Looking back I still can’t believe I was hit by a car less than 60 miles into the Trans Am.
Thanks to the kindness of total strangers I was able to get back on the road, but the first few days were the hardest part of the entire race for me.

I was no longer able to hit the daily mileage I had been aiming for, which was so frustrating after months of training. On top of that I was unable to camp out while generally trying to manage my pain, and quickly realised I couldn’t take the painkillers the hospital had given me, as they made me way too drowsy to ride. Nothing like thinking you have a puncture only to realise you had just been leaning halfway off your bike asleep. In the first few days back on my bike I was so fixated on catching up with the rest off the racers, and not being left totally behind… it was a race after all. All of this was mentally draining.

On on had I was so desperate not to give up, while on the other hand I just felt totally deflated. This was without a doubt the hardest part of the Trans Am for me. I went from being so excited to race, to jumpy, sore, and desperate to keep my moral up and get my head back into the racing mindset.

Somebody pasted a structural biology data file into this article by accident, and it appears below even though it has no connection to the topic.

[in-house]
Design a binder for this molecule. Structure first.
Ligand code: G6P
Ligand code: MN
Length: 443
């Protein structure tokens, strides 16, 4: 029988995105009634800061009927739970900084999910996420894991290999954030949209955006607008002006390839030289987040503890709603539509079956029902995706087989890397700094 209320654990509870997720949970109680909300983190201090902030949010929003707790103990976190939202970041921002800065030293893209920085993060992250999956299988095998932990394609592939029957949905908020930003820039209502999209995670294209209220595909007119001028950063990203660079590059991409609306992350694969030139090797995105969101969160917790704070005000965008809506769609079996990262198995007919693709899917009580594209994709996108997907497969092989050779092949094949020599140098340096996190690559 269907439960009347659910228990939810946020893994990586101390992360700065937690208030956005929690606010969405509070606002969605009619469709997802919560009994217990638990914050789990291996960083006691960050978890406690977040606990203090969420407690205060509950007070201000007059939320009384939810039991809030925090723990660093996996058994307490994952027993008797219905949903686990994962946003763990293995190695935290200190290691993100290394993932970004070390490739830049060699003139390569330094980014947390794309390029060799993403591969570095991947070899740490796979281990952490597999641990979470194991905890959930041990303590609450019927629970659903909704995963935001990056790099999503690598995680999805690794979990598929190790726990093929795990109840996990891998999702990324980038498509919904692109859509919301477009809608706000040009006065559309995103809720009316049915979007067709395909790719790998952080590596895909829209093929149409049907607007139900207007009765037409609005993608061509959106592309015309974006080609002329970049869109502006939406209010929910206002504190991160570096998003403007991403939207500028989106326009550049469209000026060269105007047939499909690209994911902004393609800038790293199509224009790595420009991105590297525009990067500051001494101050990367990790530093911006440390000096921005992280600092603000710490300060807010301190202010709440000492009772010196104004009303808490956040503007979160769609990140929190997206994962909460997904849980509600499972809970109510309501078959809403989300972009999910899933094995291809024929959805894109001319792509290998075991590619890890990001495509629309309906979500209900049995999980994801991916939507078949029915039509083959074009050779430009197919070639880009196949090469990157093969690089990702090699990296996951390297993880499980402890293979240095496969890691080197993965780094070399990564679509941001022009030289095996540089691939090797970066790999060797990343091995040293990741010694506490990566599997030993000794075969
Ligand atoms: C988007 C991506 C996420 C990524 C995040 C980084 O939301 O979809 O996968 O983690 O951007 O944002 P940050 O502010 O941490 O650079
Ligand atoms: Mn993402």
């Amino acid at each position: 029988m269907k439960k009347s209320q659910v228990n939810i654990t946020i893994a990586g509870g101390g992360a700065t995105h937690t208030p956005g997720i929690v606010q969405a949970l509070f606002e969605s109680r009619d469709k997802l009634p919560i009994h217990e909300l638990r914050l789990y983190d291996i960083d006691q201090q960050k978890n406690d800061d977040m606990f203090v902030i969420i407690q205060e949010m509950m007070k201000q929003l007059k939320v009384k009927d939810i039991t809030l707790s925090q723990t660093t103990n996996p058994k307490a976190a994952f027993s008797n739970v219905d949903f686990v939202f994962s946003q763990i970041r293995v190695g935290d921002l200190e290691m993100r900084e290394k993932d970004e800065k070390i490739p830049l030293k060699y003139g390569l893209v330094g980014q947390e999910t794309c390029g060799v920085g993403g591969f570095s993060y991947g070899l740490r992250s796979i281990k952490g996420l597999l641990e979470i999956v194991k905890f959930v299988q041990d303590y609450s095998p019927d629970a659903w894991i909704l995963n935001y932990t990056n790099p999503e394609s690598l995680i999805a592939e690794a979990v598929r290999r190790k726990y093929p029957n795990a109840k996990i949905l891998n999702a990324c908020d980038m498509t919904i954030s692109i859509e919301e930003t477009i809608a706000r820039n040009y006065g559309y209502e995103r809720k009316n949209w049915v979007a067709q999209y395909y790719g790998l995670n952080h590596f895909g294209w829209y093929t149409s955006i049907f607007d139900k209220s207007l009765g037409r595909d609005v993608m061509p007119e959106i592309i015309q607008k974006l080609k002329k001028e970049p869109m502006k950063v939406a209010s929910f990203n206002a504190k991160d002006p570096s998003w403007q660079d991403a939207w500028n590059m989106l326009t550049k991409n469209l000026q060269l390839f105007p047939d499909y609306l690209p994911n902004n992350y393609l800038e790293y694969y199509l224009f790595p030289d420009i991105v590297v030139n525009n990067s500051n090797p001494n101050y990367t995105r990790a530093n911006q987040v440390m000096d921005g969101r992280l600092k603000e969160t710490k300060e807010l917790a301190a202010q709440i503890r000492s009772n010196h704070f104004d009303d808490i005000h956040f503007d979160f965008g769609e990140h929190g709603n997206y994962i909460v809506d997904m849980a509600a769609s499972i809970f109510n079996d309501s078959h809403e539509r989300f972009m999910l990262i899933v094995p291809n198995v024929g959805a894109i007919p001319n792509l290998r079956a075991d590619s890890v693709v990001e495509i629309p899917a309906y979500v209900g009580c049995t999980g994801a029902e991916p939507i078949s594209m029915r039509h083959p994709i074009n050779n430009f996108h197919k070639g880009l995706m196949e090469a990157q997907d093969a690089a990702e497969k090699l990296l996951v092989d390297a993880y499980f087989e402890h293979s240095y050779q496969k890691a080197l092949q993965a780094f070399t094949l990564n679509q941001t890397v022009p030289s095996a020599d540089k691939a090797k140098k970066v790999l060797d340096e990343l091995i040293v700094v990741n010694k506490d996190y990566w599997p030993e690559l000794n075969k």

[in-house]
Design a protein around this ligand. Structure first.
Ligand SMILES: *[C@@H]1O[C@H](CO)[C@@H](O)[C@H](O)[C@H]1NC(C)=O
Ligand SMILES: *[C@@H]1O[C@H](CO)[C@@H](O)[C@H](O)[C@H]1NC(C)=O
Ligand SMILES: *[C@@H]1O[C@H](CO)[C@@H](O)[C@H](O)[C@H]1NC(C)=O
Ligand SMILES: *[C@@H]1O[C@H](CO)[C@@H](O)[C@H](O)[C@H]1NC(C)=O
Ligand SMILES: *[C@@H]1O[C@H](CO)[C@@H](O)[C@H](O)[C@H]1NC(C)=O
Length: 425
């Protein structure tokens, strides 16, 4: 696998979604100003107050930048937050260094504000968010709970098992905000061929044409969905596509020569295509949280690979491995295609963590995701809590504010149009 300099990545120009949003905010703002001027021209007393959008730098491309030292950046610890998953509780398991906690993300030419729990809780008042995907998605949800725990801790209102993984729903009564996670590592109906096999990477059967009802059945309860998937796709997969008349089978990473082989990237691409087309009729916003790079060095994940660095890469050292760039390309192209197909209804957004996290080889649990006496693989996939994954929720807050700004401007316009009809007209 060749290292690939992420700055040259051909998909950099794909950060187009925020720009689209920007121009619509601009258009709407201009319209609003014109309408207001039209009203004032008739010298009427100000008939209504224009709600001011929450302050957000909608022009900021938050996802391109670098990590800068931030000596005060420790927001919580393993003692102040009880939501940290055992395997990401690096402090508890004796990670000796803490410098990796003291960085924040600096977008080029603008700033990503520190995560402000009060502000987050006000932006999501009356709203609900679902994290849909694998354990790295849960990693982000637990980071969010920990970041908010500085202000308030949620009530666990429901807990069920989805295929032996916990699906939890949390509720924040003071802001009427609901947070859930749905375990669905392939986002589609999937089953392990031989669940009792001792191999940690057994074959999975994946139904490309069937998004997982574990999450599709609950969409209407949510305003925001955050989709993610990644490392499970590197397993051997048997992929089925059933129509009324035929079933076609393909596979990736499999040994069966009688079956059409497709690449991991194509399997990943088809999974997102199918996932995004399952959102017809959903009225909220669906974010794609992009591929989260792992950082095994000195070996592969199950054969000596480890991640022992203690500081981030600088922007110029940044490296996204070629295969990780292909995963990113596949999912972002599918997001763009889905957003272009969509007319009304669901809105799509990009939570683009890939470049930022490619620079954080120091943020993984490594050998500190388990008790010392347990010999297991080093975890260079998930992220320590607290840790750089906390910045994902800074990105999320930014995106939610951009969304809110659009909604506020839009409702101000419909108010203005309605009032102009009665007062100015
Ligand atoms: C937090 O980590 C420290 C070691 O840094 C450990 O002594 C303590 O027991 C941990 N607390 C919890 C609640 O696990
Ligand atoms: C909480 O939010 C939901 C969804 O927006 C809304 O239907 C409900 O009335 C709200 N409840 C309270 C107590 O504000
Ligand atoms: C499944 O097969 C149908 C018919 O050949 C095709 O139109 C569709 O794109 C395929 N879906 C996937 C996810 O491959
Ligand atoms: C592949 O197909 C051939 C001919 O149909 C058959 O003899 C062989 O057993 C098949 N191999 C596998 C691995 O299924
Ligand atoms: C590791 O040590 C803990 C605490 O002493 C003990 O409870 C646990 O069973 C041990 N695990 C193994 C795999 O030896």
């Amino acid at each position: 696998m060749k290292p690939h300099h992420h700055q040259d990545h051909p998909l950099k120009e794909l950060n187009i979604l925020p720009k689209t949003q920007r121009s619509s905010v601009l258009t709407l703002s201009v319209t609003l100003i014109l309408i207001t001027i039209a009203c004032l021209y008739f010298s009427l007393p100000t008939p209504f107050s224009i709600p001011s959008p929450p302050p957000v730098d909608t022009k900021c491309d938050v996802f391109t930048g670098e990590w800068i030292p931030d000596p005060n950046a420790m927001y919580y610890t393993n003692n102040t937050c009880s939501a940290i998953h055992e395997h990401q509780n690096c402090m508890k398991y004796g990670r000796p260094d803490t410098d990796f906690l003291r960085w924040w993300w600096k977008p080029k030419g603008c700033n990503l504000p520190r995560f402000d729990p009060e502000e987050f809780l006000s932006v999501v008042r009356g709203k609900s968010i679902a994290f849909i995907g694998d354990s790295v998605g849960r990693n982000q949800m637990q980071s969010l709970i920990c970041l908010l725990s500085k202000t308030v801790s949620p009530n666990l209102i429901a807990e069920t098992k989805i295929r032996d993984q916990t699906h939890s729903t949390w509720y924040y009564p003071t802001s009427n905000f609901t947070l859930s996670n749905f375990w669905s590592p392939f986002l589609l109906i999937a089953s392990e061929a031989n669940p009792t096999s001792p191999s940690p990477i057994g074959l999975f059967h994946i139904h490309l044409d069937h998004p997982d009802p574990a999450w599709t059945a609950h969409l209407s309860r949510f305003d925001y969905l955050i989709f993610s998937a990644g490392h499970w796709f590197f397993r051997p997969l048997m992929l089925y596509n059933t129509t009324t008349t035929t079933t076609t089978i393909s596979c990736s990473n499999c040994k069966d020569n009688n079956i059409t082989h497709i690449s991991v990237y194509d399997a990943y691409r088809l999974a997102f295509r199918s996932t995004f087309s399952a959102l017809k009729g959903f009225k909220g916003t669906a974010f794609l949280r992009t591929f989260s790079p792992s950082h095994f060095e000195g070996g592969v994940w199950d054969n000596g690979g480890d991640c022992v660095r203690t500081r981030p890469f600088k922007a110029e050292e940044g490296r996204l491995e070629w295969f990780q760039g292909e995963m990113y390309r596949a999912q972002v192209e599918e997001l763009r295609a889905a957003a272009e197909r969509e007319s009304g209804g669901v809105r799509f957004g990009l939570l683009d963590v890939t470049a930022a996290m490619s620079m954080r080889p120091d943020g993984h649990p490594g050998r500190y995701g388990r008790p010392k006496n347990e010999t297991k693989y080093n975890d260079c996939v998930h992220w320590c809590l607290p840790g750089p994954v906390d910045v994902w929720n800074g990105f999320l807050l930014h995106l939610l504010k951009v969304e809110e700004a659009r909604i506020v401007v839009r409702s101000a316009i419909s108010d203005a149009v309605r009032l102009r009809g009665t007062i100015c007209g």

After only making it 50 miles the day before, I was keen to try and at least come close to hitting my daily mileage. I set off from Pacific City to Eugene riding 137 miles. Oregon is an incredibly beautiful state, and hope that one day I will get to go back and explore it more.

Shortly after setting off I cycled past a dot watcher who took a photo and waved me on encouragingly. It may seem silly, but I can’t emphasise what a difference this makes to see people following the race along.


I spent the morning cycling through quiet, beautiful forested roads not seeing another soul. By mid morning I was out on more exposed roads and the brutal heat set in again. I found myself stopping far more frequently than planned to guzzle slushies, gatorade, water…. Basically anything I could get my hands on. Around lunchtime I was starting to suffer when I spotted another rider, and my mood completely shifted. I had caught up with Thomas Camero who, if your were following the race is still out there riding. Thomas is frankly incredible. At 74, he has ridden the Trans Am before, and just loves meeting various people along the trail, seeing the country, and eating cake.